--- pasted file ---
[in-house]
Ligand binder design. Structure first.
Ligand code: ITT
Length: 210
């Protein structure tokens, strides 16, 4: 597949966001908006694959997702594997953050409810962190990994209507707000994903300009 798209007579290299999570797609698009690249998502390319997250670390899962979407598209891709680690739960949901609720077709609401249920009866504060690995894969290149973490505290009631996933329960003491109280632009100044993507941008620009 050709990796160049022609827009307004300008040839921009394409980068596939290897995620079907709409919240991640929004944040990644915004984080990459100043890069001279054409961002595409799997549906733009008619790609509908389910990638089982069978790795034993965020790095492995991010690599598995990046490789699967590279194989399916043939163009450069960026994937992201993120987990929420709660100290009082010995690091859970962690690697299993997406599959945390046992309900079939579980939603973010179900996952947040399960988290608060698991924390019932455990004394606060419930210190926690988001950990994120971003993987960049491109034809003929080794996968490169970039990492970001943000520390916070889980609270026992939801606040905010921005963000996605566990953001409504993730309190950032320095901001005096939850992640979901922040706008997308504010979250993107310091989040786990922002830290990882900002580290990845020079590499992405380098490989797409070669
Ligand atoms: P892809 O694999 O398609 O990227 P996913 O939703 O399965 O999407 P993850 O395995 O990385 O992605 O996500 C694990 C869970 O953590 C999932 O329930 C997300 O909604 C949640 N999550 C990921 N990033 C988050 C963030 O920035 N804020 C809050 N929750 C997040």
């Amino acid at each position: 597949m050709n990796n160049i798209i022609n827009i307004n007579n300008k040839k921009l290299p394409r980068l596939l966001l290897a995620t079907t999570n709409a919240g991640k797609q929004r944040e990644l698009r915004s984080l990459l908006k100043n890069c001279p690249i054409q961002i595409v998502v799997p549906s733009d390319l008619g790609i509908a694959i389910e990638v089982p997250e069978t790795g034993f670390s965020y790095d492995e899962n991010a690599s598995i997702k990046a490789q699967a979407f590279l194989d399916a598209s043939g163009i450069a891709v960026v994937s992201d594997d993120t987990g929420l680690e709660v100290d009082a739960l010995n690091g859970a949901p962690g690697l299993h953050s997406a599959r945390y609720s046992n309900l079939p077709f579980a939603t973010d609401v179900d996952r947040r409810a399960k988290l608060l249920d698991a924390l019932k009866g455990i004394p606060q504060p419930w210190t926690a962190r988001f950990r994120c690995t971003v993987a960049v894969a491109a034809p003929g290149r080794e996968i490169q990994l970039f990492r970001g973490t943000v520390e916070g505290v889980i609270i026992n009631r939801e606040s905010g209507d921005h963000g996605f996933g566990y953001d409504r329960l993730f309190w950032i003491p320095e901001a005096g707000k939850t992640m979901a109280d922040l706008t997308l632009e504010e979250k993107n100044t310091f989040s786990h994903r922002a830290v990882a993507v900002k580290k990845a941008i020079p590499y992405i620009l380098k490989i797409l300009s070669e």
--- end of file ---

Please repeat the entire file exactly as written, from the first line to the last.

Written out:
[in-house]
Ligand binder design. Structure first.
Ligand code: ITT
Length: 210
């Protein structure tokens, strides 16, 4: 597949966001908006694959997702594997953050409810962190990994209507707000994903300009 798209007579290299999570797609698009690249998502390319997250670390899962979407598209891709680690739960949901609720077709609401249920009866504060690995894969290149973490505290009631996933329960003491109280632009100044993507941008620009 050709990796160049022609827009307004300008040839921009394409980068596939290897995620079907709409919240991640929004944040990644915004984080990459100043890069001279054409961002595409799997549906733009008619790609509908389910990638089982069978790795034993965020790095492995991010690599598995990046490789699967590279194989399916043939163009450069960026994937992201993120987990929420709660100290009082010995690091859970962690690697299993997406599959945390046992309900079939579980939603973010179900996952947040399960988290608060698991924390019932455990004394606060419930210190926690988001950990994120971003993987960049491109034809003929080794996968490169970039990492970001943000520390916070889980609270026992939801606040905010921005963000996605566990953001409504993730309190950032320095901001005096939850992640979901922040706008997308504010979250993107310091989040786990922002830290990882900002580290990845020079590499992405380098490989797409070669
Ligand atoms: P892809 O694999 O398609 O990227 P996913 O939703 O399965 O999407 P993850 O395995 O990385 O992605 O996500 C694990 C869970 O953590 C999932 O329930 C997300 O909604 C949640 N999550 C990921 N990033 C988050 C963030 O920035 N804020 C809050 N929750 C997040």
């Amino acid at each position: 597949m050709n990796n160049i798209i022609n827009i307004n007579n300008k040839k921009l290299p394409r980068l596939l966001l290897a995620t079907t999570n709409a919240g991640k797609q929004r944040e990644l698009r915004s984080l990459l908006k100043n890069c001279p690249i054409q961002i595409v998502v799997p549906s733009d390319l008619g790609i509908a694959i389910e990638v089982p997250e069978t790795g034993f670390s965020y790095d492995e899962n991010a690599s598995i997702k990046a490789q699967a979407f590279l194989d399916a598209s043939g163009i450069a891709v960026v994937s992201d594997d993120t987990g929420l680690e709660v100290d009082a739960l010995n690091g859970a949901p962690g690697l299993h953050s997406a599959r945390y609720s046992n309900l079939p077709f579980a939603t973010d609401v179900d996952r947040r409810a399960k988290l608060l249920d698991a924390l019932k009866g455990i004394p606060q504060p419930w210190t926690a962190r988001f950990r994120c690995t971003v993987a960049v894969a491109a034809p003929g290149r080794e996968i490169q990994l970039f990492r970001g973490t943000v520390e916070g505290v889980i609270i026992n009631r939801e606040s905010g209507d921005h963000g996605f996933g566990y953001d409504r329960l993730f309190w950032i003491p320095e901001a005096g707000k939850t992640m979901a109280d922040l706008t997308l632009e504010e979250k993107n100044t310091f989040s786990h994903r922002a830290v990882a993507v900002k580290k990845a941008i020079p590499y992405i620009l380098k490989i797409l300009s070669e």